The increasing rate of obesity has become a major public health concern with national reports indicating 40% of African American adolescents are now overweight or obese. Little is known about effective weight loss interventions in ethnic minority adolescents. In part, this is because research has shown that ethnic minorities attend fewer intervention sessions, have higher attrition rates and lose less weight compared to Caucasians. Two fundamental problems related to this lack of progress are 1) the lack of appropriate content of weight loss interventions for African American adolescents that integrate cultural issues, parenting skills, and motivational strategies for long-term change and, 2) the poor dose of weight loss interventions because of participant fatigue and drop out. Previous weight loss studies among adolescents have been of relatively long duration lasting 12-25 weeks, however, our team has developed a weight loss program that is a relatively brief (8-week brief) face-to-face intervention that integrates motivational (autonomy-support) and positive parenting skills (monitoring, social support, positive communication skills) for reducing z-BMI in overweight African American adolescents. Our team has also recently conducted a pilot study testing the feasibility of an 8-week on-line intervention that is culturally tailored fr African American families. Thus, the goal of this project is to conduct a randomized controlled efficacy trial to address the problems with past studies by 1) making the face-to-face group intervention shorter, 2) using an on-line component to compliment the group- based intervention for increasing dose, and by 3) tailoring a motivational and parenting skills program directly to parents and adolescents skill levels and cultural background. 520 overweight African American adolescents and their parents will be recruited to participate. Phase I of the trial will test the efficacy of an 8-week face-to-face group randomized trial comparing motivational plus family-based weight loss (M+FWL) to a basic health (BH) education program on reducing z-BMI and improving diet and physical activity (PA) in overweight African American adolescents. In phase II of the trial participants will be re-randomized to either an 8-week on-line intervention or a control on-line program resulting in a 2 (M+FWL vs. BH group) x 2 (intervention vs. control on-line program) factorial design. This design will allow us to test the effects of the M+FWL curriculum and the added effects of the on-line intervention component on reducing z-BMI in African American adolescents and their parents. A 6-month follow-up will examine whether adolescents in the 8-week M+FWL group plus 8-week on-line intervention program will show the greatest maintenance in reducing z- BMI. Psychosocial mediators of treatment effects will be examined as well as treatment effects related to parent changes in z-BMI and health behaviors (diet and PA).

Public Health Relevance

The proposed efficacy trial will address an important public health problem for developing cost-effective interventions to decrease obesity in underserved adolescents (low income, minorities).

National Institute of Health (NIH)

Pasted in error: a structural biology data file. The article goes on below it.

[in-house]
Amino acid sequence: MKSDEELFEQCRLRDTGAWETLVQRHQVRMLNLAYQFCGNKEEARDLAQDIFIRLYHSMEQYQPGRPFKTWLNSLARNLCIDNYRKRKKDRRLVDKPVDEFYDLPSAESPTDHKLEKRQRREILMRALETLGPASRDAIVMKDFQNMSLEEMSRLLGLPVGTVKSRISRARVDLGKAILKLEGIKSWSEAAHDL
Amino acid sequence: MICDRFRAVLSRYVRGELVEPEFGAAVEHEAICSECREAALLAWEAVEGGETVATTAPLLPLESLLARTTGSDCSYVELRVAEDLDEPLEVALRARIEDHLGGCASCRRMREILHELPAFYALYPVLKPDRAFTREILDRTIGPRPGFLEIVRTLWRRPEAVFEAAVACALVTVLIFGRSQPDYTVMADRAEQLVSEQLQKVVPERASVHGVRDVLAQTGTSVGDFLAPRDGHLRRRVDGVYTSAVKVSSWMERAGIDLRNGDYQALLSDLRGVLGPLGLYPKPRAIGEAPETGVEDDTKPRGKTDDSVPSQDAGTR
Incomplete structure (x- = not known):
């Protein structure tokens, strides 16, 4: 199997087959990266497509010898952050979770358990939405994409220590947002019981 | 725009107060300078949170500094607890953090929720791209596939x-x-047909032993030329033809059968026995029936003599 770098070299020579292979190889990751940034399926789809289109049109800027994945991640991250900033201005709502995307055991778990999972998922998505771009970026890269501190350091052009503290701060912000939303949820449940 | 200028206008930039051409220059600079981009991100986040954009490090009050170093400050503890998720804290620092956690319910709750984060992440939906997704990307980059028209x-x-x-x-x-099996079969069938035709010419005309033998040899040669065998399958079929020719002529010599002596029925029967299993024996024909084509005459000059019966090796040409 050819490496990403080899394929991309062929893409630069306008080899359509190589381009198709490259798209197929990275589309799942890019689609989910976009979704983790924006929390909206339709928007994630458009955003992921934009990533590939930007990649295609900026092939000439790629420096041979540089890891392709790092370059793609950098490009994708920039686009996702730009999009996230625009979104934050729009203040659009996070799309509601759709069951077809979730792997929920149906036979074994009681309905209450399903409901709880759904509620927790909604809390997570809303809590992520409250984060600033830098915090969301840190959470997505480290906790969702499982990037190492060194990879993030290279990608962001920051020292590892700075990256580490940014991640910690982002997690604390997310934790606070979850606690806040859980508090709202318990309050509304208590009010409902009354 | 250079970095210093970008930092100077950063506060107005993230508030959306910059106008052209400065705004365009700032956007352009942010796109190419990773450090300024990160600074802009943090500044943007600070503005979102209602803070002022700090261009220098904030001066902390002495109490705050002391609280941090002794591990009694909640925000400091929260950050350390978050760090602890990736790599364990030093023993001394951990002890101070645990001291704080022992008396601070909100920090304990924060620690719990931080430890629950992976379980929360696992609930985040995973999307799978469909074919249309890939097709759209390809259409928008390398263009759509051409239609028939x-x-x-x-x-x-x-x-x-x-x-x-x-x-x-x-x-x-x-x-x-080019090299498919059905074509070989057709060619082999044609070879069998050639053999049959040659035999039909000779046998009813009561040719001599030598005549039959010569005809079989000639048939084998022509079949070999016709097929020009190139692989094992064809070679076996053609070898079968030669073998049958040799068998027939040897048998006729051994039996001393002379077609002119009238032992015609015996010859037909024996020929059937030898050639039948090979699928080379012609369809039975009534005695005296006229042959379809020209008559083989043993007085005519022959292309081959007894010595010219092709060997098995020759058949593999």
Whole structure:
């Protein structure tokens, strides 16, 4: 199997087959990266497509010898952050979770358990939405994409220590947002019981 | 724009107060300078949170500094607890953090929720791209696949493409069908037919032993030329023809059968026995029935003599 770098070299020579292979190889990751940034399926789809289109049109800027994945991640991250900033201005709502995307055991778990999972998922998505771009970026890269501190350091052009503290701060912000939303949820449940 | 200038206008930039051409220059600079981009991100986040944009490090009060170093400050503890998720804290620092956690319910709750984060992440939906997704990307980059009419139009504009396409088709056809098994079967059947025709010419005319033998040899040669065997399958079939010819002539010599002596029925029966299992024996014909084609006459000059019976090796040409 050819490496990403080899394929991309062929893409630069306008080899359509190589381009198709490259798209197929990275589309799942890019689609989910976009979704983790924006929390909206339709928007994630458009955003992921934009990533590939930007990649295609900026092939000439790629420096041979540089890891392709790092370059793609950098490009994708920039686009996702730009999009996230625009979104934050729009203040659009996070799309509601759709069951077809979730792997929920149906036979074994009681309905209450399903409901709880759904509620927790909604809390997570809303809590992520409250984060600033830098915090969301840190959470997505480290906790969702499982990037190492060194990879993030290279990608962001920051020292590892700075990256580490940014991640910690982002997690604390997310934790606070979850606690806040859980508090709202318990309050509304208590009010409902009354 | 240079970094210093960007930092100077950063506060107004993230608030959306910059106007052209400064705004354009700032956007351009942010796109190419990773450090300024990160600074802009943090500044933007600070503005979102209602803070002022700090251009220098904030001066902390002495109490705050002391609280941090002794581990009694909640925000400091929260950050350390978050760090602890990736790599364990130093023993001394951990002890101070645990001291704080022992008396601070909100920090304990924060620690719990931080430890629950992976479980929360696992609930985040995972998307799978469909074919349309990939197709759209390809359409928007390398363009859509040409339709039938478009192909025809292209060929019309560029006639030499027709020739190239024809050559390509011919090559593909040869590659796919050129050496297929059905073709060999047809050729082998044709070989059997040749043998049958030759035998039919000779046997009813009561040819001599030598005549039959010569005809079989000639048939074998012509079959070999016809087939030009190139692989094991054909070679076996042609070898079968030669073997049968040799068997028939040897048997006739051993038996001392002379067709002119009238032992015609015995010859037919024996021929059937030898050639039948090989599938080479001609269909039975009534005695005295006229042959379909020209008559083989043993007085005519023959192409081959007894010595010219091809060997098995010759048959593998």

Eunice Kennedy Shriver National Institute of Child Health & Human Development (NICHD)
Research Project (R01)
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Study Section
Psychosocial Risk and Disease Prevention Study Section (PRDP)
Program Officer
Esposito, Layla E
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University of South Carolina at Columbia
Schools of Arts and Sciences
United States
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Wilson, Dawn K; Sweeney, Allison M; Kitzman-Ulrich, Heather et al. (2017) Promoting Social Nurturance and Positive Social Environments to Reduce Obesity in High-Risk Youth. Clin Child Fam Psychol Rev 20:64-77
Sweeney, Allison M; Wilson, Dawn K; Lee Van Horn, M (2017) Longitudinal relationships between self-concept for physical activity and neighborhood social life as predictors of physical activity among older African American adults. Int J Behav Nutr Phys Act 14:67
Kitzman-Ulrich, Heather E; Wilson, Dawn K; Lyerly, Jordan E (2016) Qualitative Perspectives from African American Youth and Caregivers for Developing the Families Improving Together (FIT) for Weight Loss Intervention. Clin Pract Pediatr Psychol 4:263-274
St George, Sara M; Wilson, Dawn K; McDaniel, Tyler et al. (2016) Process Evaluation of the Project SHINE Intervention for African American Families: An Integrated Positive Parenting and Peer Monitoring Approach to Health Promotion. Health Promot Pract 17:557-68
St George, Sara M; Van Horn, M Lee; Lawman, Hannah G et al. (2016) Reliability of 24-Hour Dietary Recalls as a Measure of Diet in African-American Youth. J Acad Nutr Diet 116:1551-9
Coulon, Sandra M; Wilson, Dawn K; Van Horn, M L et al. (2016) The Association of Neighborhood Gene-Environment Susceptibility with Cortisol and Blood Pressure in African-American Adults. Ann Behav Med 50:98-107
Coulon, Sandra M; Wilson, Dawn K; Alia, Kassandra A et al. (2016) Multilevel Associations of Neighborhood Poverty, Crime, and Satisfaction With Blood Pressure in African-American Adults. Am J Hypertens 29:90-5
Huffman, Lauren E; Wilson, Dawn K; Kitzman-Ulrich, Heather et al. (2016) Associations between Culturally Relevant Recruitment Strategies and Participant Interest, Enrollment and Generalizability in a Weight-loss Intervention for African American Families. Ethn Dis 26:295-304
Coulon, S M; Wilson, D K (2015) Social support buffering of the relation between low income and elevated blood pressure in at-risk African-American adults. J Behav Med 38:830-4
Lawman, Hannah G; Horn, M Lee Van; Wilson, Dawn K et al. (2015) A multilevel approach to examining time-specific effects in accelerometer-assessed physical activity. J Sci Med Sport 18:667-72

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